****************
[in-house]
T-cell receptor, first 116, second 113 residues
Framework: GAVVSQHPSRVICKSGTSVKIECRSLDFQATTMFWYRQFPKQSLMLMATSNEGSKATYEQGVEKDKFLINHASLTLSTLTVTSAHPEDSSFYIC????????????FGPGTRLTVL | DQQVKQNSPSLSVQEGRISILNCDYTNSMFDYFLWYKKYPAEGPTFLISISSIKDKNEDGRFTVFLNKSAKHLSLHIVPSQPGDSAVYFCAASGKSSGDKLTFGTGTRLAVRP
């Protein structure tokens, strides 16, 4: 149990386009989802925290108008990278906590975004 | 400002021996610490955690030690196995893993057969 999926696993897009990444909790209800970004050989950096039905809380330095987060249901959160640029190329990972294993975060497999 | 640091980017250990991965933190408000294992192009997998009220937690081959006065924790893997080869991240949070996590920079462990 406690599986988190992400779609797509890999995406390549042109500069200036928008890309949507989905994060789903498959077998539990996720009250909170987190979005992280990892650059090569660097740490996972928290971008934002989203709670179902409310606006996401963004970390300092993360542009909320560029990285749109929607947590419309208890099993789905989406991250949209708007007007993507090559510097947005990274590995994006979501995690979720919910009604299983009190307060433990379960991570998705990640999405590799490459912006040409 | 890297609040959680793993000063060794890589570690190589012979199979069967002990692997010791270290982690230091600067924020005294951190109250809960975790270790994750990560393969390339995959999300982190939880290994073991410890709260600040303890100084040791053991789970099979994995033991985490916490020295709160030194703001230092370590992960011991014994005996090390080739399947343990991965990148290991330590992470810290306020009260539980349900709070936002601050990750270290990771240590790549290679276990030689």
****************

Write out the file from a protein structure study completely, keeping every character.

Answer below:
[in-house]
T-cell receptor, first 116, second 113 residues
Framework: GAVVSQHPSRVICKSGTSVKIECRSLDFQATTMFWYRQFPKQSLMLMATSNEGSKATYEQGVEKDKFLINHASLTLSTLTVTSAHPEDSSFYIC????????????FGPGTRLTVL | DQQVKQNSPSLSVQEGRISILNCDYTNSMFDYFLWYKKYPAEGPTFLISISSIKDKNEDGRFTVFLNKSAKHLSLHIVPSQPGDSAVYFCAASGKSSGDKLTFGTGTRLAVRP
């Protein structure tokens, strides 16, 4: 149990386009989802925290108008990278906590975004 | 400002021996610490955690030690196995893993057969 999926696993897009990444909790209800970004050989950096039905809380330095987060249901959160640029190329990972294993975060497999 | 640091980017250990991965933190408000294992192009997998009220937690081959006065924790893997080869991240949070996590920079462990 406690599986988190992400779609797509890999995406390549042109500069200036928008890309949507989905994060789903498959077998539990996720009250909170987190979005992280990892650059090569660097740490996972928290971008934002989203709670179902409310606006996401963004970390300092993360542009909320560029990285749109929607947590419309208890099993789905989406991250949209708007007007993507090559510097947005990274590995994006979501995690979720919910009604299983009190307060433990379960991570998705990640999405590799490459912006040409 | 890297609040959680793993000063060794890589570690190589012979199979069967002990692997010791270290982690230091600067924020005294951190109250809960975790270790994750990560393969390339995959999300982190939880290994073991410890709260600040303890100084040791053991789970099979994995033991985490916490020295709160030194703001230092370590992960011991014994005996090390080739399947343990991965990148290991330590992470810290306020009260539980349900709070936002601050990750270290990771240590790549290679276990030689």